"Splatoon 2" remains one of the most creative and unique shooters I’ve had the pleasure of playing. Instead of racking up kills, your goal is to spray ink wherever you can. At the end of the match, a cat named Judd tallies everything up and whichever team has inked more turf wins. If you prefer a series that’s a little longer in the tooth, "Kirby Star Allies" takes the power-sucking pink puffball and pairs him with three partners. Whether those are controlled by the computer or your friends is up to you.
And last but certainly not least, I’d be crazy not to mention "Super Mario Odyssey," one of the best Mario games to be released yet. Taking pages from "Super Mario 64" and "Super Mario Sunshine," you’re dropped into wacky digital playgrounds brimming with things to do. Woo a monster. Do some 8-bit platforming in a poncho and sombrero. Escape a rampaging T. rex ... on a scooter. And much much much more. In addition to classic Mario running and jumping, "Odyssey" introduces Cappy, a ghostly hat that allows you to possess dozens of the game's inhabitants, which opens up brand new styles of play that never disappoint. Except for maybe the pine tree. The pine tree just moves very slowly.
You still want more games? We’ve got them, but you’ll have to check them out yourself. What are you waiting for?
— Ian Stepp is an information services assistant at the Lawrence Public Library.
The Lawrence Public Library is proud to announce that J. Drew Lanham is coming to speak in Lawrence on May 24. Lanham connects storytelling, wit and land ethics to advocate for greater participation in the natural world — especially among people of color. His presentation, "Range-Mapping: Connecting the Conservation Dots for the Human Animal" will be held at 7 p.m. May 24 at Liberty Hall.
He is a conservation ornithologist, naturalist, and hunter-conservationist; Drew is also an Alumni Distinguished Professor and Alumni Master Teacher at Clemson University in South Carolina.
Reading his award-winning book, "The Home Place: Memoirs of a Colored Man’s Love Affair With Nature," has heightened my awareness that most other people out on the nature trails have white skin like me. Lanham poetically describes the phenomenon of the uncommon black or brown companion birders. He shares lyrically written stories of deep connections to family, his strong sense of place, a passion for nature, optimism and humor, along with the frustration of being the uncommon African-American ornithologist in a predominantly white field.
Lanham is a terrific ambassador who inspires more people to enjoy the natural world, yet he also recognizes the empowerment shared by people with similar cultural experiences.
“Birding While Black” is a poignant chapter in his book reflecting fears similar to the negative experiences expressed by the phrase “driving while black”. A black man risks being accused of suspicious activity simply for being out in a remote environment.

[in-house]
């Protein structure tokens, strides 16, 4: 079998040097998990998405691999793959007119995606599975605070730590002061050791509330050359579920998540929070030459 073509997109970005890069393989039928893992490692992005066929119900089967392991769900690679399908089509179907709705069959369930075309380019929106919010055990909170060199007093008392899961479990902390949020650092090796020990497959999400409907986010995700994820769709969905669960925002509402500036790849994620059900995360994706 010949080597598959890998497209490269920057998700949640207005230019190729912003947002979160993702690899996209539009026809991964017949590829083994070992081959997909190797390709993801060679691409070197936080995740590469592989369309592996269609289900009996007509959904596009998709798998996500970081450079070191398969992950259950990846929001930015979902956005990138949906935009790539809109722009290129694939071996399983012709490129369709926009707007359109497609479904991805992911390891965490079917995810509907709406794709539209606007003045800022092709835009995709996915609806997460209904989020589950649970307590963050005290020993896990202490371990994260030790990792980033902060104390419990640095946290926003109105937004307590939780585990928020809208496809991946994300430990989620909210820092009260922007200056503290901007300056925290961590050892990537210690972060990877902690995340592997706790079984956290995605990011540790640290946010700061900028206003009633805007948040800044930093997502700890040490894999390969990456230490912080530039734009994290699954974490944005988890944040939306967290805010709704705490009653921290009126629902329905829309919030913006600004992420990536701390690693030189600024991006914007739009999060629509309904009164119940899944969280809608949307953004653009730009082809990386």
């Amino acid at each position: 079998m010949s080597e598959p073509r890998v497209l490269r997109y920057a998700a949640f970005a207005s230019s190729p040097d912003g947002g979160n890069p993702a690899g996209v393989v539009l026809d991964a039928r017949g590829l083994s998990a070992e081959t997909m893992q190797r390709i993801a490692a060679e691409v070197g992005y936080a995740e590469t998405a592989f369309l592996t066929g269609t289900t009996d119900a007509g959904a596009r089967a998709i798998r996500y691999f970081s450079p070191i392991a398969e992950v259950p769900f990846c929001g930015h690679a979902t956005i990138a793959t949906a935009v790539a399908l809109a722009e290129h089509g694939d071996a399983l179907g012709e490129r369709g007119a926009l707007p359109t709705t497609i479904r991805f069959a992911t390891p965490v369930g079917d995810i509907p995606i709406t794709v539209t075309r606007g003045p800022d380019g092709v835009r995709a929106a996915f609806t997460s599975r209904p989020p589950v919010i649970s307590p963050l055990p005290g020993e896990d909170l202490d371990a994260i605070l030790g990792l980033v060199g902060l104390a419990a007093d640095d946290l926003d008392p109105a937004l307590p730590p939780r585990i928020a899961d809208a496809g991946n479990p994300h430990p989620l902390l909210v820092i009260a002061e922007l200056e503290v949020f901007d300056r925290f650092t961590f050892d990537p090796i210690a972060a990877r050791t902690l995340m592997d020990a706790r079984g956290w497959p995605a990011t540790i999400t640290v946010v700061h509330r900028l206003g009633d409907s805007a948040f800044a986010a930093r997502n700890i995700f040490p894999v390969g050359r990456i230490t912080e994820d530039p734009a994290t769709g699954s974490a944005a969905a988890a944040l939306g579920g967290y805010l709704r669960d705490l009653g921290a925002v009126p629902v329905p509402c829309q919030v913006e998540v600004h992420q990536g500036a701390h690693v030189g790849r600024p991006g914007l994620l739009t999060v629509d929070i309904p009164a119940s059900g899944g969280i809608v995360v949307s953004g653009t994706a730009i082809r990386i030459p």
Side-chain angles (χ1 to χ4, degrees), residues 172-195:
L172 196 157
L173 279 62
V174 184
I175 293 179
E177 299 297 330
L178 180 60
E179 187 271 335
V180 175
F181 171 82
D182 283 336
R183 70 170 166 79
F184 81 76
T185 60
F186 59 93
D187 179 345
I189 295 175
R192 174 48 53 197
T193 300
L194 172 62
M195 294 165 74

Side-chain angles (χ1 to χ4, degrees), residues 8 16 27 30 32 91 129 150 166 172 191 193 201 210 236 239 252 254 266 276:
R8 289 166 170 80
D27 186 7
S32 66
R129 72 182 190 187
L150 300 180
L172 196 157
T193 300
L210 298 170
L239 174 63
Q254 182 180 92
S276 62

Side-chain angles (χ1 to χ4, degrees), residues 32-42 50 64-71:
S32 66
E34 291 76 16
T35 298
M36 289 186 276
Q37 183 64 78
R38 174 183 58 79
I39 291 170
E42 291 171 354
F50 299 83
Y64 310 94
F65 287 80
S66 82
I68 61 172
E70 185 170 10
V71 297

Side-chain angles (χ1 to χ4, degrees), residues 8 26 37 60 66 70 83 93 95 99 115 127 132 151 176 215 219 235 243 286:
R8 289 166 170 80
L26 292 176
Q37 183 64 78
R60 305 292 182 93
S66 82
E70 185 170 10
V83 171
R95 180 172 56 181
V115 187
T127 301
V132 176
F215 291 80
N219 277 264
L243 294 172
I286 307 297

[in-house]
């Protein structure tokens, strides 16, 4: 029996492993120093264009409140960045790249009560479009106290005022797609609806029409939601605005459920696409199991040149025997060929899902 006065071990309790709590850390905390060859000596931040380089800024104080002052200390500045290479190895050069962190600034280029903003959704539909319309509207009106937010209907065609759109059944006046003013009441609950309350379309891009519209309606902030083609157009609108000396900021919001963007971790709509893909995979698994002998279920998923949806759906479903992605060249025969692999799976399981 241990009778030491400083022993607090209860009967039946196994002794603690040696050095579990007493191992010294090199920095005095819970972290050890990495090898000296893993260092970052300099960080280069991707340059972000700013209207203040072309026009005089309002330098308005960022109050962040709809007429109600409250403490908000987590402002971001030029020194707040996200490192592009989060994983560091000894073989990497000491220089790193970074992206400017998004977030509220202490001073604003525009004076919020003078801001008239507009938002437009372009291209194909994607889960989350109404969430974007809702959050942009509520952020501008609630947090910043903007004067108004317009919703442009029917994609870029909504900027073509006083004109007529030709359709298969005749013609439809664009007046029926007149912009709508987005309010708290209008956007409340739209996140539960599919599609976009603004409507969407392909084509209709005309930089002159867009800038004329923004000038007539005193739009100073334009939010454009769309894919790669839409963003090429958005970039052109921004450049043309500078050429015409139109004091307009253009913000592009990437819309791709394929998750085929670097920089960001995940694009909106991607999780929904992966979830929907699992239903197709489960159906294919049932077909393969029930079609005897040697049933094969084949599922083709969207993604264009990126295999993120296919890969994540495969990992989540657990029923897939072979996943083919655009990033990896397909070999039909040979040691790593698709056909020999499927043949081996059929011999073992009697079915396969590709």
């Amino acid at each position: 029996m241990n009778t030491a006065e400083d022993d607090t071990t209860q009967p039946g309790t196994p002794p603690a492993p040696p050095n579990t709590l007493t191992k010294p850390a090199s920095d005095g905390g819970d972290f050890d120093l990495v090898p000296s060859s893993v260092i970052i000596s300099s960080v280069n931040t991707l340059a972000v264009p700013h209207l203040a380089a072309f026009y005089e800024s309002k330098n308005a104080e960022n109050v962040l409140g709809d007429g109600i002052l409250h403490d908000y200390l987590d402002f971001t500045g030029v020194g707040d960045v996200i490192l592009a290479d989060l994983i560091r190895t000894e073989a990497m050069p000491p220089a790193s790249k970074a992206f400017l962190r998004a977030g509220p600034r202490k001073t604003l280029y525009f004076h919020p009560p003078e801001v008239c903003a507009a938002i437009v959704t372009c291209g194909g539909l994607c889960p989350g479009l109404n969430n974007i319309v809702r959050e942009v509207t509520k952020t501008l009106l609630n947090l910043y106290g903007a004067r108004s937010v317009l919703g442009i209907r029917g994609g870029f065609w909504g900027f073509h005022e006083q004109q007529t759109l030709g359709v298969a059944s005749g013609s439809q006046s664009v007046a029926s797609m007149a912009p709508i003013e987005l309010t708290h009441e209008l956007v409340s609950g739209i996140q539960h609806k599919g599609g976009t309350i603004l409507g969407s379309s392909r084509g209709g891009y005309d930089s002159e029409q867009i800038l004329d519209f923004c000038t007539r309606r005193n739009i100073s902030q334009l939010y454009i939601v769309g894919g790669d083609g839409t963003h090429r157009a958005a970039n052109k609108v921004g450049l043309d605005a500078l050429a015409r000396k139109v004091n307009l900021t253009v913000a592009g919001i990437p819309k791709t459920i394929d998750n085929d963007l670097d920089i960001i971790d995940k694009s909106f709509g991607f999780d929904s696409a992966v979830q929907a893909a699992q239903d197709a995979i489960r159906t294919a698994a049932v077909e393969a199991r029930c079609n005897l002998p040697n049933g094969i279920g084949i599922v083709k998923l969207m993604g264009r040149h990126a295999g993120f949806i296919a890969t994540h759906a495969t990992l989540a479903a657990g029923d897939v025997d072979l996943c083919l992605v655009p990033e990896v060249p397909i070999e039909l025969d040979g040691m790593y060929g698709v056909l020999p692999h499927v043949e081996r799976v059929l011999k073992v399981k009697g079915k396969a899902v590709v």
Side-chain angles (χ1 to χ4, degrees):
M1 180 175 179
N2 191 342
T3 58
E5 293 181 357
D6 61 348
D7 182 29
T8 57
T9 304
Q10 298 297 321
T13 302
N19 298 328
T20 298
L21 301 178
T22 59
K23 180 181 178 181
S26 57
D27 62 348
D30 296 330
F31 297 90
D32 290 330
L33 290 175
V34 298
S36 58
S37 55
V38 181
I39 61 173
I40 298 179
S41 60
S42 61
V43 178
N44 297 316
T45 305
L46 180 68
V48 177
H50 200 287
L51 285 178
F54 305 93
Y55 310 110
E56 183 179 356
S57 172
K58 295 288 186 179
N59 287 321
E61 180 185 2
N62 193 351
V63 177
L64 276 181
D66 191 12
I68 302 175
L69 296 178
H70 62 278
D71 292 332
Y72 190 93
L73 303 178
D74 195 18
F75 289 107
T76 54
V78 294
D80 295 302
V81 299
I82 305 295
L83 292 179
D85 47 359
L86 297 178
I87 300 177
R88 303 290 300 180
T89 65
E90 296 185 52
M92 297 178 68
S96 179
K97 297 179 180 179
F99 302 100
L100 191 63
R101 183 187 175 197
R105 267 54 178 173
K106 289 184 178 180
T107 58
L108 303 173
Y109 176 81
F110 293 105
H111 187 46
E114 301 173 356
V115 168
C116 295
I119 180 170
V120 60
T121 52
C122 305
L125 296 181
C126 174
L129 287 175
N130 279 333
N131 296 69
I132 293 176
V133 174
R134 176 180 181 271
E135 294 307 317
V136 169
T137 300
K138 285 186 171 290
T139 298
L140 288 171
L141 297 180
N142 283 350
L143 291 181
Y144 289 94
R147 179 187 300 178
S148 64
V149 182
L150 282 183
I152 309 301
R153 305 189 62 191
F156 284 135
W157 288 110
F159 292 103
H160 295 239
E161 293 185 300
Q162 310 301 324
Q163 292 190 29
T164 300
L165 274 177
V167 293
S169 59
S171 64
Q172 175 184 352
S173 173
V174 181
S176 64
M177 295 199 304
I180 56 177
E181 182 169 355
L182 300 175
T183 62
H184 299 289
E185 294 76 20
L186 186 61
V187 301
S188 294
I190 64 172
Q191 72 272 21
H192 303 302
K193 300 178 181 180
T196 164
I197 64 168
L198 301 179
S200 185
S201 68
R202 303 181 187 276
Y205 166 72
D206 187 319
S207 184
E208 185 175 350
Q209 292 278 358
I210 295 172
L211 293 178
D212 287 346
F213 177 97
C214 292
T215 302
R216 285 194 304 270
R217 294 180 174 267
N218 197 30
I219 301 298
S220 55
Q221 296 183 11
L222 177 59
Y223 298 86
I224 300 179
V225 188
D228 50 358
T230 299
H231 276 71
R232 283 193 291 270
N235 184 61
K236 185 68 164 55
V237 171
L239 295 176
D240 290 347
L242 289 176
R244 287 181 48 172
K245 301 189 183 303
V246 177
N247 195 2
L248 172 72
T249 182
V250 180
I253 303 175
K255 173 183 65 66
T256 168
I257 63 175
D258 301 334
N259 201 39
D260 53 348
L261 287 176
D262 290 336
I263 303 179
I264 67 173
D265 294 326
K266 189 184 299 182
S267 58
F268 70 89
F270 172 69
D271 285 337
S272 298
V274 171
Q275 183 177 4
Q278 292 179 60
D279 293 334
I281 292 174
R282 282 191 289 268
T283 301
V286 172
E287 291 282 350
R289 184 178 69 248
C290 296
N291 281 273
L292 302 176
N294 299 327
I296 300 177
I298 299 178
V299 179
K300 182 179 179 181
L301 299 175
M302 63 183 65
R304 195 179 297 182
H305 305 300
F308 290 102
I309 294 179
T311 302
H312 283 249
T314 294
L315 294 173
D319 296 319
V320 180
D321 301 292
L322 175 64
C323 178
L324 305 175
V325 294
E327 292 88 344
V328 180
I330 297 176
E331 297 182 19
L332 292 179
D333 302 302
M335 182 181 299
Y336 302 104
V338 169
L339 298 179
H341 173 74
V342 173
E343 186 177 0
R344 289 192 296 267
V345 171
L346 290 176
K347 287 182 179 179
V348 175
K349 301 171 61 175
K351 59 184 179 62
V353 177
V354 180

The wild things and places belong to all of us. So while I can’t fix the bigger problems of race in the United States—can’t suggest a means by which I, and others like me, will always feel safe—I can prescribe a solution in my own small corner. Get more people of color ‘out there.’ Turn oddities into commonplace. The presence of more black birders, wildlife biologists, hunters, hikers, and fisher-folk will say to others that we, too appreciate the warble of a summer tanager, the incredible instincts of a whitetale buck, and the sound of wind in the tall pines. Our responsibility is to pass something on to those coming after.
As young people of color reconnect with what so many of their ancestors knew—that our connections to the land run deep, like the taproots of mighty oaks, that the land renews and sustains us—maybe things will begin to change.
This is a rallying cry to help more people connect to the outdoors, and I am inspired by his message. I will be reaching out to be more inclusive in planning future nature-related events. As a board member and volunteer with the Kansas Native Plant Society, I have organized and attended many outings over the last 18 years; almost all the folks who have joined me have been white. We need to be ambassadors to bring more kids and adults together from diverse communities to explore and connect with natural places.
I crave being outside in nature, but I was well into my 30s before I first enjoyed a wild environment. I wish someone had taken me under their wing to share wild places when I was a kid. I will be following Lanham’s lead; when I visit a natural area I will respectfully invite old and new friends of different ages, varied hues and diverse origins to go along. I hope you will join me in this effort, and together we will exponentially increase the advocates for the natural world.
— Shirley Braunlich is a readers’ services assistant at the Lawrence Public Library.
Late in 2016 I came across an article touting hygge, pronounced “hoo-gah”, as the newest happiness trend that could help everyone make sense of a tough year. After reading about the candle-lit, warm-blanket, fuzzy-socked Danish tradition of getting cozy, I deemed myself a hygge natural and moved on.
Yet, that funny little word stuck with me. Nearly a year later, at the last Friends of the Library book sale of the year, I came across two books that would send by life spiraling towards a quest for supreme hygge. I learned that hygge is so much more than just getting cozy — it’s a mindset, a way to relate to others, and even a life goal.